It took a while for us to figure out. There’s a lot of resources now that tell you that, but this was 23 years ago. We did not recognize the danger of moving into a parental role without having a trusting relationship in place first.
Ron: Take me into that moment where you’re going, “Okay, I’ve got to step back. I’ve got to step back. What does that mean? How do I step back?” Was that clear to you, like, “Okay, I know exactly what I should do now.” Or was it ambiguous, like, “How do I step back and allow things to happen that I don’t necessarily like seeing happen?”
Randy: Well, I want to give a shout-out to First Baptist Church, Salado Texas, for those who know that’s there. But that little church had a group of blended families that started studying New Faces in the Frame, by Dick Dunn. It was a life saver.
It was certainly better than our professional counseling help because he was not in tune with stepfamilies. He had some good techniques he helped us with, but that resource group was tremendous for us. Then we led that curriculum within our own church in Belton. So it began to build a community with some resources and experiences that we wanted.
I’m one of these people in life, Ron, that winning’s not everything, but it’s just a whole lot more fun. So I don’t like to lose. God had put this fantastic gal in my life. Divorce was difficult for me. I tried to hang on and persevere through those things. I certainly was not going to throw in the towel.
Ron: So you just kept being persistent, trying to figure it out.
Randy: Well, not trying to figure it out haphazardly. It was trying to figure it out intentionally.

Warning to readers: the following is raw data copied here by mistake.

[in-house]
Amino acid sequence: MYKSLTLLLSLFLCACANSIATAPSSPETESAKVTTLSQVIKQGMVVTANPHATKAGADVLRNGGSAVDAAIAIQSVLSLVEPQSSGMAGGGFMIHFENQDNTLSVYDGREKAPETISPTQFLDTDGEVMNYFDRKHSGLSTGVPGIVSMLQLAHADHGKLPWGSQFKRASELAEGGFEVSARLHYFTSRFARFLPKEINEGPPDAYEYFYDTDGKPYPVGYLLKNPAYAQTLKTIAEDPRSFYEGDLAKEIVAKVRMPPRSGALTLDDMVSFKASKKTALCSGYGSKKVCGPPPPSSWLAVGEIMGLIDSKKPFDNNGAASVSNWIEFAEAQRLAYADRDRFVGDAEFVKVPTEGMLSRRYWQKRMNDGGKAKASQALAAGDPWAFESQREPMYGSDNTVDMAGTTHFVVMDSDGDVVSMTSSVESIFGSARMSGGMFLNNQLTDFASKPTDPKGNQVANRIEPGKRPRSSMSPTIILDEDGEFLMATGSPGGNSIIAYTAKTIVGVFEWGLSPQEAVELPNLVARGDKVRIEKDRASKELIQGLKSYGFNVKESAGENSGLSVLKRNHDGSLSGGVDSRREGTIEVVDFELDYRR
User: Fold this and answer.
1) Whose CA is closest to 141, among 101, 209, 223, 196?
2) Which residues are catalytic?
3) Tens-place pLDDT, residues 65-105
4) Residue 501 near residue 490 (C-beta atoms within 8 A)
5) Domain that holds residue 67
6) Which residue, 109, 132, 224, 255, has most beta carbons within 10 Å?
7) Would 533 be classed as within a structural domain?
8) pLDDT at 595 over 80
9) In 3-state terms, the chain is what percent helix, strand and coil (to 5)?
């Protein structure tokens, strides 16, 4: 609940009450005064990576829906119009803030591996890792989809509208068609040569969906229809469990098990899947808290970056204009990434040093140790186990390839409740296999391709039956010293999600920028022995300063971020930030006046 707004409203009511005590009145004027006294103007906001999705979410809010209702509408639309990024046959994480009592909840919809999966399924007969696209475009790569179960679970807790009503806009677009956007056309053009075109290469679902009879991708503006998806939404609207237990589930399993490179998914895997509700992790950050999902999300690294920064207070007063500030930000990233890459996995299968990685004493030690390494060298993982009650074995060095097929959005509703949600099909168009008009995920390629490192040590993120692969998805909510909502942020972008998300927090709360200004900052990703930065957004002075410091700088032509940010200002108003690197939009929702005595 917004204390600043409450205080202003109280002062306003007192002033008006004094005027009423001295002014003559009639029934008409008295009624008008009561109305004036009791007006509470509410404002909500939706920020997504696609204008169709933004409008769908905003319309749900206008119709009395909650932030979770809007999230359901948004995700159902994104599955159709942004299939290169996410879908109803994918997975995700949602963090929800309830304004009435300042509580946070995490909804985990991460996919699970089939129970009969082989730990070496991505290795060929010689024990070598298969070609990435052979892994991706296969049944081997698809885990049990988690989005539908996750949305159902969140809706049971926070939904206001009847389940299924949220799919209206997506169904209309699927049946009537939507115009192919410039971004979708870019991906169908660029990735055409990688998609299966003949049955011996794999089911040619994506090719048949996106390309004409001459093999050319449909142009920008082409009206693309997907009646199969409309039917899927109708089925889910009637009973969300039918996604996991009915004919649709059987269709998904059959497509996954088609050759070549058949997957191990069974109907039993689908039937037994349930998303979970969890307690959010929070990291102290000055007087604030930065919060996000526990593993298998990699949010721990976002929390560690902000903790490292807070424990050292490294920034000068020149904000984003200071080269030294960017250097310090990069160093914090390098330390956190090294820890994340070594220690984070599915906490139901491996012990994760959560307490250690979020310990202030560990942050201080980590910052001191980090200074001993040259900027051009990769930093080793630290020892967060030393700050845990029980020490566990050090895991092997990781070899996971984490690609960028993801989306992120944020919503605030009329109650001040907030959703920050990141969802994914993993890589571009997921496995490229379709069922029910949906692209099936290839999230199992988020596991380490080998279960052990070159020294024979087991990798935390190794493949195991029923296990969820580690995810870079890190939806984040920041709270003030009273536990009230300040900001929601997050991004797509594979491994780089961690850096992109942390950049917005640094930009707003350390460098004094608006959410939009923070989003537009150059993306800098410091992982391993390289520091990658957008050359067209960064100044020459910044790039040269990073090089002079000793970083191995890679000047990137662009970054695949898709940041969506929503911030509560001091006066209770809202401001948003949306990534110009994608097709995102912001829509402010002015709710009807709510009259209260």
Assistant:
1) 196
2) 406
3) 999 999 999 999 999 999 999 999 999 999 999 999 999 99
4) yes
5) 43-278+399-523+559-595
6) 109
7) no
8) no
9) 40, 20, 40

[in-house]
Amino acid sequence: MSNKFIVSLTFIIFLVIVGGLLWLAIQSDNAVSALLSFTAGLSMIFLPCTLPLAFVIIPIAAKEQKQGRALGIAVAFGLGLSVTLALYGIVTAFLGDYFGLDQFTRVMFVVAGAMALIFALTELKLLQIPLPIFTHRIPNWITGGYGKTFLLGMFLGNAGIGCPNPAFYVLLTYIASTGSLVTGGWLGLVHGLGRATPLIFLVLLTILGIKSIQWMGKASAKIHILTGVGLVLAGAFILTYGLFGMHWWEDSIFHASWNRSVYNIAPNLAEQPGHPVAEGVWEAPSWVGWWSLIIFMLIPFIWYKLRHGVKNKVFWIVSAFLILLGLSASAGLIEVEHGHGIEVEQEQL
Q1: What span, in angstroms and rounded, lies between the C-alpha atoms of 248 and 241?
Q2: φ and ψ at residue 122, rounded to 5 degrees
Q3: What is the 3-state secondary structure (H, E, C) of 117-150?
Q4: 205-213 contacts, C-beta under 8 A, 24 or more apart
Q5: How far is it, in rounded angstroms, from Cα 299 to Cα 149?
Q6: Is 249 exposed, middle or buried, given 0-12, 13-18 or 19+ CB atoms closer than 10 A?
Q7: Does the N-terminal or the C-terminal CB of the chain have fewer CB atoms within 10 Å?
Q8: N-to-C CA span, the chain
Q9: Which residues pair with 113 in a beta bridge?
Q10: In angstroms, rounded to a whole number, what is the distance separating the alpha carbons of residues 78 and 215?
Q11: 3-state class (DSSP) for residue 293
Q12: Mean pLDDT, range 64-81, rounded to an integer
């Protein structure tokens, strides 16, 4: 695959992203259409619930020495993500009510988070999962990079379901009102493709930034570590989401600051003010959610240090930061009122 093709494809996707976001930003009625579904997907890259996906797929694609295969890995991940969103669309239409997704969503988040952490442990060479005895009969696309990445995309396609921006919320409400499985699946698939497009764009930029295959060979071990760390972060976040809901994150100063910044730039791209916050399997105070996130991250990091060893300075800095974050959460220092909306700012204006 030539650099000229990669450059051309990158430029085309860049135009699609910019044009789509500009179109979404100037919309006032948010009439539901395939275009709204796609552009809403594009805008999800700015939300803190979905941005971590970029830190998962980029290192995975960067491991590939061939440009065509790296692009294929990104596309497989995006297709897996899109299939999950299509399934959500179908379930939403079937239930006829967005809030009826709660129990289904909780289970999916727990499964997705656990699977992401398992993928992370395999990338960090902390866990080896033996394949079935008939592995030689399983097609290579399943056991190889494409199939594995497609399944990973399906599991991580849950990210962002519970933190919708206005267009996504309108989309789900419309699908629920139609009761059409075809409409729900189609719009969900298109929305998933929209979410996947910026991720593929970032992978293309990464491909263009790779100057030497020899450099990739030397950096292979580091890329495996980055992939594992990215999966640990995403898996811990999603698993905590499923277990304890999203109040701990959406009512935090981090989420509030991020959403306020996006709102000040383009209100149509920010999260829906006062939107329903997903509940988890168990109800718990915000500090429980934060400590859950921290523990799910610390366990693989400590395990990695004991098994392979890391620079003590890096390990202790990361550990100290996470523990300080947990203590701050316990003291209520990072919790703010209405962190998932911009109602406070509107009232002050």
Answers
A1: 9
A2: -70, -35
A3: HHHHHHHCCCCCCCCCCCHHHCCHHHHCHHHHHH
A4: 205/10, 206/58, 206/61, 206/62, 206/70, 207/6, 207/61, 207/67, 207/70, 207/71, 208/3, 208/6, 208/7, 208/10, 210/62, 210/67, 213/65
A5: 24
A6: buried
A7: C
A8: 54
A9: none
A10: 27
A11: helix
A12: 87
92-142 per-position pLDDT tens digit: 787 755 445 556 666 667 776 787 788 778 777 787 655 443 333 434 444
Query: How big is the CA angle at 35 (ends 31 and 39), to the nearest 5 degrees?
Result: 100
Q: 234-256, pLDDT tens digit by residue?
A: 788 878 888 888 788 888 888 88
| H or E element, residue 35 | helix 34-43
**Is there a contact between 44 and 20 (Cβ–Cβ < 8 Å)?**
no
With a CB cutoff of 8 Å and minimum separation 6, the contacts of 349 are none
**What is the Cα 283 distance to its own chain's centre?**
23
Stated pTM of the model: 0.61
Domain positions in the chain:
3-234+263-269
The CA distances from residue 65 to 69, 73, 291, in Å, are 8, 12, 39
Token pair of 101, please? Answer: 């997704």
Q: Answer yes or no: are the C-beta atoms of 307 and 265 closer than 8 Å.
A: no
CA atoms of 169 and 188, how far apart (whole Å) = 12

Ron: Oh that’s a good word. You had to do that together. The study was one way to kind of give you some encouragement, some good information.
Gayla: Also watching other couples and how they did life as blended families was huge for us because all of a sudden you recognize that they have suggestions that would work in our home. Some of them were further along than we were. We were very new in our journey when we joined that class.
So it was just so helpful to interact with other blended family couples and listen to their suggestions. It required some humility on our part, to recognize that we need some help, and we’re going to look around at what others are doing that might be doing it better than what we’re doing.
Ron: We certainly believe here at FamilyLife that when stepfamily couples get connected with other couples, good things happen. You’ve just given a testimony to that effect. Even coming together around a little bit of information, sharing, talking, learning from one another, finding encouragement to continue pressing in with intentionality really makes a big difference.
Ron: So we encourage couples listening to this right now and pastors and churches to create those opportunities for couples. It’s a big deal.
Gayla: Right, and it doesn’t have to be someone who steps in to lead; it doesn’t have to feel like they have to have all the answers. It’s more of a facilitation. There’s some great resources out there. Yours is one, Ron, The Smart Stepfamily, that groups can walk through and then have discussion around, specific to their situations. It can just really make a difference.
Ron: Now at the top of this conversation, I said something about whether stepparents felt called to be a stepparent, so at this point in your story, you guys are realizing, “Wow, we parent differently. There’s some stuff going on with one of the kids, who has lost their birth order and their place. We see that differently and we’re having to figure out how to come together.”